It's one thing to expand executive powers when your guy is in the White House—but what if the other party holds the Oval Office? That's what elite conservative legal minds were mulling at an American Enterprise Institute event Friday headlined "Founders betrayed? New threats to US democracy and rule of law." Conservative luminaries, including Bush-era torture-justifier John Yoo, warned of a grave constitutional threat in the Obama administration's use of executive power.
CATO institute fellow Nicholas Rosenkranz said Obama had seized a "vast amount of executive power" by allowing people who entered the country illegally as children to stay (though as my colleague Adam Serwer pointed out last summer, presidents from both parties have long claimed the authority to grant stays of deportation). He was also concerned about the possibility that the DOJ may decline to enforce federal drug laws in states that recently legalized pot. (This coming from the same school of thought that says the 10th amendment allows states to ignore federal laws they don't like.) "For those of you who are nervous about some of the tendencies of of this particular president," Rosencranz said, "I would keep your eye on the executive choices like declining to execute law."
He said Congress should clarify that the president must enforce federal laws. Would this, then, apply to Obamacare under a "President Ryan in 2017," asked moderator Henry Olson, director of AEI's National Research Initiative. Well, yes, Rosencranz said—yes, it would.
Yoo argued that the "progressive movement's" usurpation of power in the executive branch has been snowballing for years, starting with Woodrow Wilson's wartime mobilization, and expanding with FDR's New Deal and Lyndon Johnson's Great Society. He labeled the Obama administration the "4th wave" of progressivism, its "pinnacles" being Obamacare and the Dodd-Frank financial reform law. Yoo said that in order to counter a liberal expansion of executive power, conservatives needed to abandon their own, Reagan-era tactic of broadening the president's authority:
The "'Reagan Revolution in law' was built on certain kinds of assumptions about the way government worked, where the primary enemy to reducing the burden on liberty was Congress, and the primary protector was going to be the presidency, particularly through using the president's power to centralize control over the agencies. So that led to a number of doctrines that the Reagan administration and those that followed pursued, such as trying to keep strict barriers on the way Congress could enact legislation, trying to protect a fairly large area of exececutive discretion... and keeping the courts out of the business of reviewing regulations."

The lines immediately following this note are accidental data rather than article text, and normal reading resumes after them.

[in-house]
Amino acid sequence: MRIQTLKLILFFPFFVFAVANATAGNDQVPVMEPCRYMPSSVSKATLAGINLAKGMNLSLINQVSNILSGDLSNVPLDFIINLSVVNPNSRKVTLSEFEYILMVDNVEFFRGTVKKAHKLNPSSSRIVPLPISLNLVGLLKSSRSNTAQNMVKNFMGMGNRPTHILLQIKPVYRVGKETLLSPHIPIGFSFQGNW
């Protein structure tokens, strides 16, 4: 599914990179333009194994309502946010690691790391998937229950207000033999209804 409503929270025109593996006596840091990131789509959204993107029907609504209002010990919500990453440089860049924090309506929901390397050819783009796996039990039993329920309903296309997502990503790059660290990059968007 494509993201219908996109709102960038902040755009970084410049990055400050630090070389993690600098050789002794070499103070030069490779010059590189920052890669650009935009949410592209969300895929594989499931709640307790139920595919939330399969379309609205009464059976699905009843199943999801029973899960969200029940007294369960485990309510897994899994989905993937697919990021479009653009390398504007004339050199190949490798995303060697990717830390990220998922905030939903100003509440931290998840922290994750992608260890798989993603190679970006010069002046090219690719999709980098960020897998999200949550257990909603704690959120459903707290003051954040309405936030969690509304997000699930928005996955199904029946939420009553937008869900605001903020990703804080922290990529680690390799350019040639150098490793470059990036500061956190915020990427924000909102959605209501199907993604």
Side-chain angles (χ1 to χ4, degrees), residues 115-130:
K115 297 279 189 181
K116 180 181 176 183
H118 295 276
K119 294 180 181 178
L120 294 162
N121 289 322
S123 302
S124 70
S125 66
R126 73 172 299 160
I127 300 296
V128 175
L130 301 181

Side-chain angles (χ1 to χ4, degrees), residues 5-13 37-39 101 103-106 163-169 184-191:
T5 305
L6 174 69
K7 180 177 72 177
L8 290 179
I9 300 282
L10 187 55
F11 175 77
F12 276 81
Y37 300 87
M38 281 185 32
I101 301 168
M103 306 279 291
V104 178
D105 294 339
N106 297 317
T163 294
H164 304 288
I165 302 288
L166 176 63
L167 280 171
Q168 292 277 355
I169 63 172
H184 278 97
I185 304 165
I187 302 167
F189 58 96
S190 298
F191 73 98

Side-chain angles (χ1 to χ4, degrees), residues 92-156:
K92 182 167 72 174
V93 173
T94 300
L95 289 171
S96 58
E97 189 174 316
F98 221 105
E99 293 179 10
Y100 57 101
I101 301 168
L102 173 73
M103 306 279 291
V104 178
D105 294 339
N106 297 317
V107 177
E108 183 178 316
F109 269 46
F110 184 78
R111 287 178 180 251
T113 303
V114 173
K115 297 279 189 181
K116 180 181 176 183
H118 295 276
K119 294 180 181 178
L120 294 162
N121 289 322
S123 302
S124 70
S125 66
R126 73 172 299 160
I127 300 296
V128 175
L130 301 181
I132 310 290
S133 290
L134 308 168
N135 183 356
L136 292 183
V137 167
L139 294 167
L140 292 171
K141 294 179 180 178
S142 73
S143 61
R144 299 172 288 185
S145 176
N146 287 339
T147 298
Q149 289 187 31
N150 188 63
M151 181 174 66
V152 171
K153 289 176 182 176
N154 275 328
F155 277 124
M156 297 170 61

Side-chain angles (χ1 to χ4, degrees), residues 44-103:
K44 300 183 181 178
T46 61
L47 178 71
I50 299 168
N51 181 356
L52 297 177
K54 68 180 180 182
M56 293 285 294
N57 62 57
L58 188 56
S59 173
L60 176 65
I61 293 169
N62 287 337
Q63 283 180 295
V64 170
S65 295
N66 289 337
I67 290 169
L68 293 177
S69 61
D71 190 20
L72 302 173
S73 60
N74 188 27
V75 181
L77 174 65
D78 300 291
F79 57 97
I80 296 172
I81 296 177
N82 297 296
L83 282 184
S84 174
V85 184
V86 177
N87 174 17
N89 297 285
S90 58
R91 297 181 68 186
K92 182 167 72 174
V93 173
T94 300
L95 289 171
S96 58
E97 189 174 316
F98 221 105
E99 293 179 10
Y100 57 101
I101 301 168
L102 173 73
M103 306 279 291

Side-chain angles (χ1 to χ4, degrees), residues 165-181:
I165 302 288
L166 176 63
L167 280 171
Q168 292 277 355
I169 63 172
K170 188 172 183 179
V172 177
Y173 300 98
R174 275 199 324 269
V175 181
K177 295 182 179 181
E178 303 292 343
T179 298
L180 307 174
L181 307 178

It only so happened that at the time, the White House was in Republican hands and Congress was dominated by Democrats. Some legislative fixes Yoo floated: backtracking on the 1984 Chevron doctrine that the courts must defer to "reasonable agency interpretations" of the law; enacting legislation to require Congressional review for major agency rules; and putting new regulations through a cost-benefit analysis.
He offered other, "more mischievous" options too:
"Why not have agency budgets subject to reduction in proportion to the amount it costs the economy? If you enact a rule that costs a certain amount to the economy, then the agency's budget also falls by a similar amount. Or the number of jobs lost in the economy that year—that's the amount federal employment as a whole will go down. This will focus the... bureaucrats."
To be clear, though, all this talk of hemming in the White House? It doesn't apply to things like going to war, Guantanamo, or, presumably, torturing detainees. "I'm not taking about executive power in regards to foreign affairs," Yoo said, "which I think is wholly different."